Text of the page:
830 CMR: DEPARTMENT OF REVENUE
830 CMR 64H:00: SALES AND USE TAX
830 CMR 64H.00 is amended by adding the following section:
830 CMR 64H.1.1: Service Enterprises

(1) Definition of Inconsequential. As a general guideline, the term "inconsequential", wherever it appears in this regulation, means a value of less than ten percent of the total charge, and the term "not inconsequential" means a value of greater than ten percent of the total charge. This definition serves only as a guideline, and varies depending on the facts and circumstances of the transaction.

(2) General Application. This regulation, 830 CMR 64H.1.1, applies to a transaction which a service enterprise undertakes. Some examples of a service enterprise are: repairers of motor vehicles, airplanes, boats, watches, televisions, radios, machinery, musical instruments or jewelry; a barber, beauty shop operator, launderer, cleaner, plumber, linen service, reupholsterer, or draper.

(a) A service transaction is not subject to the sales tax where:

1. The real object of the transaction is the service itself, and no transfer of tangible personal property occurs; or

2. The real object of the transaction is the service itself, and an inconsequential transfer of tangible personal property occurs, and the service enterprise does not separately state the purchase price of the property on the bill to the customer. In this case the service enterprise pays the sales tax when the enterprise purchases the property from a vendor.

(b) A service transaction is subject to the sales tax where:

1. The transfer of tangible personal property occurs, and the charge for the property is stated separately from the charge for labor on the bill to the customer, whether or not the value of the property is inconsequential; or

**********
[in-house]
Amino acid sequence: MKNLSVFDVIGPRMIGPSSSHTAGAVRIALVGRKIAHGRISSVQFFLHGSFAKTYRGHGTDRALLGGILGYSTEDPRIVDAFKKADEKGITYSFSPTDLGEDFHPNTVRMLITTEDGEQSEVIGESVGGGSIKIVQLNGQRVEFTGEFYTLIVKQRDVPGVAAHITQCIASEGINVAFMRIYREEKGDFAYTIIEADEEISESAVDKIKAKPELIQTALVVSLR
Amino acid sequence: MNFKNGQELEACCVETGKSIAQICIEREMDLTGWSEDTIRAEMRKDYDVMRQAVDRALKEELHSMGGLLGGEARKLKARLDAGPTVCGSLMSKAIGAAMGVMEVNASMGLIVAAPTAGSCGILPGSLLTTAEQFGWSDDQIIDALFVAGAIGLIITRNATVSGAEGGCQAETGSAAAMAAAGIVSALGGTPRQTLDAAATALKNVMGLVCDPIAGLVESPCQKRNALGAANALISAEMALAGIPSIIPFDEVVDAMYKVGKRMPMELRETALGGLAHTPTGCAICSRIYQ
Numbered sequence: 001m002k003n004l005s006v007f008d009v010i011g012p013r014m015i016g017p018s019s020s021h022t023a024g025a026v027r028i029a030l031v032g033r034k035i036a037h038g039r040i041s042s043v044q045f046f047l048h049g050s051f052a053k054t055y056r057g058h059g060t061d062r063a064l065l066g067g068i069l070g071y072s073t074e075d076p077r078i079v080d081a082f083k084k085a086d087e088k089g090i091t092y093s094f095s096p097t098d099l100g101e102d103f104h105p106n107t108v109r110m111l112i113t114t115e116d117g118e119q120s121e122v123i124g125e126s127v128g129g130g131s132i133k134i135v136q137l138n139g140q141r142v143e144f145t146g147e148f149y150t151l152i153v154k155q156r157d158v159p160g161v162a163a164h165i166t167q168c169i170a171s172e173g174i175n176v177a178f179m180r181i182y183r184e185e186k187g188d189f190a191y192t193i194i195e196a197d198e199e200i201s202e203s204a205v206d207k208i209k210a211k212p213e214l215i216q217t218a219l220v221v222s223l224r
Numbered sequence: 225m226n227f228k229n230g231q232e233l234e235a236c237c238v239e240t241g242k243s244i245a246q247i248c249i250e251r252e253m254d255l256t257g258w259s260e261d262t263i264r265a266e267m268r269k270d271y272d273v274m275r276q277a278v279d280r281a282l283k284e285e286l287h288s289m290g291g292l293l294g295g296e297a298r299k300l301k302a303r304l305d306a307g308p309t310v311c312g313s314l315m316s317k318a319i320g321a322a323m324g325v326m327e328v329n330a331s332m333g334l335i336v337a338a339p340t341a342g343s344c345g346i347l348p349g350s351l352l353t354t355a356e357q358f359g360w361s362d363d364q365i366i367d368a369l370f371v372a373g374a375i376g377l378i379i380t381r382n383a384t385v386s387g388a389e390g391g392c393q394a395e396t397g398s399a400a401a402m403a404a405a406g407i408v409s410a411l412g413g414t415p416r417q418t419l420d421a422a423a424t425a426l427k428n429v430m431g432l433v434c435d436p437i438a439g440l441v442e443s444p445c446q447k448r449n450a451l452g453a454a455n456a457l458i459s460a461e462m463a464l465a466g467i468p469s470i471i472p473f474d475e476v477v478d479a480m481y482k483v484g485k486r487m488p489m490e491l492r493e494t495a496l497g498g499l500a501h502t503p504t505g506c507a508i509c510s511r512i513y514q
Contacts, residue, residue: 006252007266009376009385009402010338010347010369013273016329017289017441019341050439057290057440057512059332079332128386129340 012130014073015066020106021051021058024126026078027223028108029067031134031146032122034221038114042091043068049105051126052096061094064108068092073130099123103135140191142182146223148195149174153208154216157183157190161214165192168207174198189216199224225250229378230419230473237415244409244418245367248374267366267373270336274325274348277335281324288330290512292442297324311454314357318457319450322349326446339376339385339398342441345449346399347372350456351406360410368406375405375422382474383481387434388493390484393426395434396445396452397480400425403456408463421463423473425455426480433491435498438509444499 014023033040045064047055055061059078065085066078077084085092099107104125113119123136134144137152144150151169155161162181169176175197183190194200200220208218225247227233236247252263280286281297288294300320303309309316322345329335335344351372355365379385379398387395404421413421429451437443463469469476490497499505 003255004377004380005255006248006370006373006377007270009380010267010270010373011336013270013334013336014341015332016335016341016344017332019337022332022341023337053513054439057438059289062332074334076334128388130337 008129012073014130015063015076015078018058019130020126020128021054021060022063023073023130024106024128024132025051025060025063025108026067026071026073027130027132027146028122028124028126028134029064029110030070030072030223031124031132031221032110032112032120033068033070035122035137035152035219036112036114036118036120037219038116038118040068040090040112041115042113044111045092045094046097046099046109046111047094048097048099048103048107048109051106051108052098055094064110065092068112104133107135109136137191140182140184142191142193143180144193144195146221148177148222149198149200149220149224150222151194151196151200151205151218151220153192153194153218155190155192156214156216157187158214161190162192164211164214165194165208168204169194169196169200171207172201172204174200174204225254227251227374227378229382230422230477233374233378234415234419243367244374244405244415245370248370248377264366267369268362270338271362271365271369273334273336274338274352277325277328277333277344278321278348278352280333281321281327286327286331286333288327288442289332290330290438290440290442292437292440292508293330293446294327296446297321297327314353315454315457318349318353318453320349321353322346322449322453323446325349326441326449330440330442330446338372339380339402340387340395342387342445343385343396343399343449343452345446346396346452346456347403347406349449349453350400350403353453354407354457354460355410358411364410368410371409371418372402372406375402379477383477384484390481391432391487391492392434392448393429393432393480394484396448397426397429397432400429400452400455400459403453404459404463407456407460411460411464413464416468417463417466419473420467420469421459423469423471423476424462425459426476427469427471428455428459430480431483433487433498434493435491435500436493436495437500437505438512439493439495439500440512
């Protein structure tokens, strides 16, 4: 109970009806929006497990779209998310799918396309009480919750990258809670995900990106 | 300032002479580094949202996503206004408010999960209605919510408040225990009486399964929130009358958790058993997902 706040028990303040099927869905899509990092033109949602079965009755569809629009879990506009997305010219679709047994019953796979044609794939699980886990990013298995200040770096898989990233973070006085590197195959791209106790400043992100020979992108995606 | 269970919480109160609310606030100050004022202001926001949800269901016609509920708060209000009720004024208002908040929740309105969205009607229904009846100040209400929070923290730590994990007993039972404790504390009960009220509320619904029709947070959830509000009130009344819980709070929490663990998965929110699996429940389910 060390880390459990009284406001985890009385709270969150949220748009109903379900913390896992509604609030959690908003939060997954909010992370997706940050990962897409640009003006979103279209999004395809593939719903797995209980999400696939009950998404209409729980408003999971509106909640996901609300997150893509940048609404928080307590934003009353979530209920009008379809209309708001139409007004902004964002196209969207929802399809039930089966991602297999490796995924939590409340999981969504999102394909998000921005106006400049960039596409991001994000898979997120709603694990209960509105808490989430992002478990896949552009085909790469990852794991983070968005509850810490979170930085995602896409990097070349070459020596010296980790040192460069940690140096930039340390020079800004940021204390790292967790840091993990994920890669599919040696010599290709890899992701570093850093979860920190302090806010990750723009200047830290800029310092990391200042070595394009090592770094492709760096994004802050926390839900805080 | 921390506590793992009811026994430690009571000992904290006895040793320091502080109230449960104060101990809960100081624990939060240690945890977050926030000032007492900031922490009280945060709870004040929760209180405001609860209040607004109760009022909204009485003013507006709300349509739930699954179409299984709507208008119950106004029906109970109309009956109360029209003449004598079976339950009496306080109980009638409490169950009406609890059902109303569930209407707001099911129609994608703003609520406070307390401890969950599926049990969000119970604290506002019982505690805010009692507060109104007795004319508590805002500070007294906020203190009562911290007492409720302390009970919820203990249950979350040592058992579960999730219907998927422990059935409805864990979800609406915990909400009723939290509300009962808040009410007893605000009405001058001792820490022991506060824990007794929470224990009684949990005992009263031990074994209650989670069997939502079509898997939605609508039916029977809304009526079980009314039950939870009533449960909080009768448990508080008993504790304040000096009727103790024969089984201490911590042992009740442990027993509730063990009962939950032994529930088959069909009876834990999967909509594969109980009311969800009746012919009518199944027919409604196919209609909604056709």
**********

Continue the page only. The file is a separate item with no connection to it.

2. The transfer of tangible personal property occurs, and the value of the property is not inconsequential in relation to the total charge, and the charge for the property is not separately stated on the bill to the customer.

In 830 CMR 64H.1.1(2)(b)1., the service enterprise collects a sales tax from its customer based on the amount charged for the property; in 830 CMR 64H.1.1(2)(b)2., the service enterprise collects a sales tax from the customer based on the total amount charged.

Example 1: A sewing machine repair service, in the course of cleaning and overhauling a sewing machine for a customer, replaces a worn belt, worth approximately $1.00. The sewing machine repairer charges the customer $21.00, which includes both the charge for labor and for the belt. Since, under 830 CMR 64H.1.1(2)(a)2., the value of the belt is inconsequential in relation to the total charge, and the charge for the belt is not separately stated on the bill to the customer, the service enterprise collects no tax from the customer. Instead, the sewing machine repair service pays the sales or use tax on the belt when it purchases it from its vendor.